Batman takes up residence inside Specular's office

Learning To Drive The Batmobile
Batman is one of the highest profile properties in the world. So it’s not surprising that DC Comic and Warner Bros. are careful about what they allow people to do with the character. However, as soon as DC heard about Ranck and Jarvis’ idea for a Batman car combat title, the company was onboard. “They were super supportive and even gave us a lot of Batman concept art, which we were able to use in the game,” says Ranck.

Specular didn’t pitch a car combat game featuring just one Batmobile; they pitched a game that would feature over ten different versions of the iconic car, spanning across the ’66 Batman television show up through the ‘90s animated series and the more recent Christopher Nolan films. Specular even threw in the Batplane from the most recent Dark Knight Rises film in for good measure.

Players would be able to race around an open-world version of Gotham City, taking on missions to stop some of Batman’s most icon archenemies such as The Joker, Mr. Freeze, Bane, The Penguin, Scarecrow, and Catwoman. Arcade-goers could even clean up Gotham’s streets with a friend since the entire game would be co-op (both players’ scores would be tallied at the end of the round and the player with the lowest score would be labeled the sidekick). Returning players would even be able to input a code to access their profile and pick up where they last left off the next time they visited an arcade. Warner Bros. loved the idea, and so – it would turn out – would arcade players.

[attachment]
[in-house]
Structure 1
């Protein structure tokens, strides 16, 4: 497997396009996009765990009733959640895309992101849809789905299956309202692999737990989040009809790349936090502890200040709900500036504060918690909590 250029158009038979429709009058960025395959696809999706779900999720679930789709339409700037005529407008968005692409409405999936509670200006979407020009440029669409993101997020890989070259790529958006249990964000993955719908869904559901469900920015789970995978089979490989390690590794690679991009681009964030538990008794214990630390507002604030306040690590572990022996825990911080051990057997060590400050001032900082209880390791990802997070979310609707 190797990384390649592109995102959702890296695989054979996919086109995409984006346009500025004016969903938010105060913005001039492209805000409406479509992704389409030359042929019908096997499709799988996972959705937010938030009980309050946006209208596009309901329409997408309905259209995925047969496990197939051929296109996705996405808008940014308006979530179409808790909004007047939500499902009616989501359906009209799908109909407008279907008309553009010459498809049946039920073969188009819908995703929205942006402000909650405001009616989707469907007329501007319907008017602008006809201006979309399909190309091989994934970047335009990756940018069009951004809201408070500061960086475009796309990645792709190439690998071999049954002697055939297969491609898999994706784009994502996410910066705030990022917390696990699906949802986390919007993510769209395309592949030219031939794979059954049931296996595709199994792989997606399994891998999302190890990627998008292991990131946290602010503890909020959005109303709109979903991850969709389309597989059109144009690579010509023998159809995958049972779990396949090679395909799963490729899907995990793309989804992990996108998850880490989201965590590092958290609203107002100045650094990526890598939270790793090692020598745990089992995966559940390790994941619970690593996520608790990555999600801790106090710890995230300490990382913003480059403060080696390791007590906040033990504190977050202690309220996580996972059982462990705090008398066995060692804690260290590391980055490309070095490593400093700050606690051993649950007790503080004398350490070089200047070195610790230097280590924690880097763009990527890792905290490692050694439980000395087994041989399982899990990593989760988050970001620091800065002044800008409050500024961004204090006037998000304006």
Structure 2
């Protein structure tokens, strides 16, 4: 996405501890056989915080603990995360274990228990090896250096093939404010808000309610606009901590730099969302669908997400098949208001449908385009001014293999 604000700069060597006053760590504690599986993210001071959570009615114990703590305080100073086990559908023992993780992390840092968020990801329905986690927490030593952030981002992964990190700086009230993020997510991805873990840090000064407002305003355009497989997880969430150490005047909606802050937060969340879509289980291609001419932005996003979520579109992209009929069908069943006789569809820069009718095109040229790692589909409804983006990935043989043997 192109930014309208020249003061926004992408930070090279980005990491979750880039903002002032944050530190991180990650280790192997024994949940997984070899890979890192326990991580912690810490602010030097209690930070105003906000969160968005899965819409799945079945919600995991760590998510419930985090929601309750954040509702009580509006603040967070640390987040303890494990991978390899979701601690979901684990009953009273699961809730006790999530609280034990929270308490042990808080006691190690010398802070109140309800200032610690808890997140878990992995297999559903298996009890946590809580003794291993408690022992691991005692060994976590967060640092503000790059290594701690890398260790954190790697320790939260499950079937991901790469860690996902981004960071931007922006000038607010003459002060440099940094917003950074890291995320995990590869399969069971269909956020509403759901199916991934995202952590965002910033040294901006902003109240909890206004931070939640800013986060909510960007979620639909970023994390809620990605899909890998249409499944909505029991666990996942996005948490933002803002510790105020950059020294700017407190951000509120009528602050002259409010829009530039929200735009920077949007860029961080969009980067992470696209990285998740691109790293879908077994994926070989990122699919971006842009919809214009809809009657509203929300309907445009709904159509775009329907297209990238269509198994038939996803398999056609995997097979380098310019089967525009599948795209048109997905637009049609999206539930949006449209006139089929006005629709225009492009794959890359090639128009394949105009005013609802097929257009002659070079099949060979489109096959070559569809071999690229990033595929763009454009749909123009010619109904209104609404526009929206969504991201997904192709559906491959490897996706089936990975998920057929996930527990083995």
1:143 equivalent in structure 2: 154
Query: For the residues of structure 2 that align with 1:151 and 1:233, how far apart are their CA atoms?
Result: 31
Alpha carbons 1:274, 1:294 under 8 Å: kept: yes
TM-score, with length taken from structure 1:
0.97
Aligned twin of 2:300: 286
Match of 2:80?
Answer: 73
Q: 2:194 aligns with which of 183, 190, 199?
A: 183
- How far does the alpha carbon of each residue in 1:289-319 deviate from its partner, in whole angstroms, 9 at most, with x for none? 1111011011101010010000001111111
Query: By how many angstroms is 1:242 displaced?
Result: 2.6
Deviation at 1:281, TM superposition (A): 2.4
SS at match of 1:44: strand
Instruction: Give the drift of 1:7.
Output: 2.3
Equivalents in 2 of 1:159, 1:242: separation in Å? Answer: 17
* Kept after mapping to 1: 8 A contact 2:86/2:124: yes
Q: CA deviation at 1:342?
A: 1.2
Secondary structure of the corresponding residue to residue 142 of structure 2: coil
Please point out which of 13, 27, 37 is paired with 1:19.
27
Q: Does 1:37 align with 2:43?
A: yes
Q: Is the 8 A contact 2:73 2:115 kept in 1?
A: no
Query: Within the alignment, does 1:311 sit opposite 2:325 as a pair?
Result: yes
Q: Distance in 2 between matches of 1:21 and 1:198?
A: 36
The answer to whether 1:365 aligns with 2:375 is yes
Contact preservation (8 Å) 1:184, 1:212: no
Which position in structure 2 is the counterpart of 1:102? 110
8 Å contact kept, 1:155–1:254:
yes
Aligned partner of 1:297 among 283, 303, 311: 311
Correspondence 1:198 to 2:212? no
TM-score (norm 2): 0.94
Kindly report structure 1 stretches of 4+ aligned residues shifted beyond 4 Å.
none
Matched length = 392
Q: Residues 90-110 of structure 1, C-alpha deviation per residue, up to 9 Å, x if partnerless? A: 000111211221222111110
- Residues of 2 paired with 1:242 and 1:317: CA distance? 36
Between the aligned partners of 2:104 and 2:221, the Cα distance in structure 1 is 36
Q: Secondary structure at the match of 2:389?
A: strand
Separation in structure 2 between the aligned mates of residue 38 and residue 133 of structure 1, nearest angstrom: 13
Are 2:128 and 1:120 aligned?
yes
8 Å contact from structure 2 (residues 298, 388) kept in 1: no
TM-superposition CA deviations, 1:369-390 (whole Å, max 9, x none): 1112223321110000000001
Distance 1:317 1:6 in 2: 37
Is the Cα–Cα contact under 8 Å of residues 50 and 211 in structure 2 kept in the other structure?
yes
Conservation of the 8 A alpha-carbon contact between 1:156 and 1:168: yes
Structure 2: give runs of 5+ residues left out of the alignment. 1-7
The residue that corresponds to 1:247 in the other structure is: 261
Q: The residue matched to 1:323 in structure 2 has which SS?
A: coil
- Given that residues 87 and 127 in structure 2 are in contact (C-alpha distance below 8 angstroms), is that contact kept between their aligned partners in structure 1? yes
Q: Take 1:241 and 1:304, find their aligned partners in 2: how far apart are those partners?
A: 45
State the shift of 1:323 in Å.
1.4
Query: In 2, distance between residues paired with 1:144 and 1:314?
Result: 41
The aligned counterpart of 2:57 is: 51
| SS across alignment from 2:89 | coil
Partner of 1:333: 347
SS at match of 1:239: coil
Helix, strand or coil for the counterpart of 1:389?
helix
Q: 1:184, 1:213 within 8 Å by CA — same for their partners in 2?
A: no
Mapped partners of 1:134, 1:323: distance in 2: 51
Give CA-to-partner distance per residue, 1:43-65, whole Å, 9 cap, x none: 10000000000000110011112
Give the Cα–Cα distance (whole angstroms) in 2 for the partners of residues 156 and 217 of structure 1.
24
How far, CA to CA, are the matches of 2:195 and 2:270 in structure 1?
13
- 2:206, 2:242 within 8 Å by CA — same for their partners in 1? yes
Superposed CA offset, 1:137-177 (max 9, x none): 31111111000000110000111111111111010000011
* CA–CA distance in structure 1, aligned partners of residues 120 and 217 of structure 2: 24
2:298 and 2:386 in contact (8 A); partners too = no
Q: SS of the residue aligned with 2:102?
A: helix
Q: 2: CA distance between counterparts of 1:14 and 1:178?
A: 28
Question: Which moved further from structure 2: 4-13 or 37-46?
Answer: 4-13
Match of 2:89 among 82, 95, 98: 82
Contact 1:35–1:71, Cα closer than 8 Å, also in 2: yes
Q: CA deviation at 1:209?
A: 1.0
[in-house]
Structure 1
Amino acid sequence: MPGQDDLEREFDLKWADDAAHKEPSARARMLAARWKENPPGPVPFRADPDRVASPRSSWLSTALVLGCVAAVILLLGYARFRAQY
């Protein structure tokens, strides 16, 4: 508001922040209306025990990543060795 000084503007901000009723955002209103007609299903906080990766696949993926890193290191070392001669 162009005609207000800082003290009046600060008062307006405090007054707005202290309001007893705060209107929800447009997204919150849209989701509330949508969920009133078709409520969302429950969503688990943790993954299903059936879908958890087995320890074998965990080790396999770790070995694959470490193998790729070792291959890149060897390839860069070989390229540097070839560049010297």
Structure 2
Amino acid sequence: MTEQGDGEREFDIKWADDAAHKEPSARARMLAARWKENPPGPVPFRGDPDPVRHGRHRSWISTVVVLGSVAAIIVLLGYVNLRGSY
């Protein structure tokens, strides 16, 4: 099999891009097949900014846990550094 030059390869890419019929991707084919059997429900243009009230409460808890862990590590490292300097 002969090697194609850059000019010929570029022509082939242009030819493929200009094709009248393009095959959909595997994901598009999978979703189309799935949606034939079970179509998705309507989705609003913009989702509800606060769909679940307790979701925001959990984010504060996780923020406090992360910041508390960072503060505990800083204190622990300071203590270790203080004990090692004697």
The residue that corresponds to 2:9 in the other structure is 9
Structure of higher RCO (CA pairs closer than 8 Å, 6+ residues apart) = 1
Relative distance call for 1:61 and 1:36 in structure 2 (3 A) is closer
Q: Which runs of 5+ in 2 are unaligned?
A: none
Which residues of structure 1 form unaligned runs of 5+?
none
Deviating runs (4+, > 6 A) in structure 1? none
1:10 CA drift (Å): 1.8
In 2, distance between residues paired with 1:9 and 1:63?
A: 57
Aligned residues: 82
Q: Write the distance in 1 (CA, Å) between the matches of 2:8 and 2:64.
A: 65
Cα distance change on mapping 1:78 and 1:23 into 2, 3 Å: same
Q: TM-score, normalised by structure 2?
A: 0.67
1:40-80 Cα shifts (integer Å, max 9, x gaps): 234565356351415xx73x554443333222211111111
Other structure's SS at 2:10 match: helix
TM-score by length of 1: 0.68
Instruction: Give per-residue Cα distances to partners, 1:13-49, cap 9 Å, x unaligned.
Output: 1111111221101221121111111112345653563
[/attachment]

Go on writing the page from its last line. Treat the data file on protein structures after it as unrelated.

A shot of Batman publisher Raw Thrills's warehouse in the US

Succeeding In Arcades Today
It’s not as easy to make a high-profile arcade game as it once was. During the heyday of games like Pac-Man and Donkey Kong, it was hard to keep quarters out of arcade cabinets, but now the industry has diminished to such a degree that most gamers rarely explore an arcade.

“We’re certainly past the golden age of arcades,” says Defender creator Eugene Jarvis, “but it’s still a very viable market. It’s a niche market, but once you start looking for arcade games, you realize that they’re still out there, and they’re everywhere. From the big places like Dave & Buster to local bars and bowling alleys, or even ski resorts, cruise ships, and casinos.”

Specular Interactive has no plans to port its Batman title over to consoles, because it feels that the experience is completely unique to the arcade. In fact, Ranck and Jarvis are all too happy making big-brand games for a smaller audience.

“We have a saying in the industry that once you’ve worked in the arcade, you can never have a real job again,” says Jarvis. “It’s too much fun. From a design standpoint you control everything. You get to design the cabinet, the sound system, the interface; you even get to design the chair that players sit in. If you wanted to put a back massager in the back of the cabinet, all right! Every arcade cabinet is different. It’s like a designers dream.”

Similarly, these designers have given Batman fans an arcade game to dream about. They just have to find a ski resort or casino near them that features this unique Batman experience.

 

Learn more about Rocksteady's Batman: Arkham Knight, by checking out our month's worth of coverage below.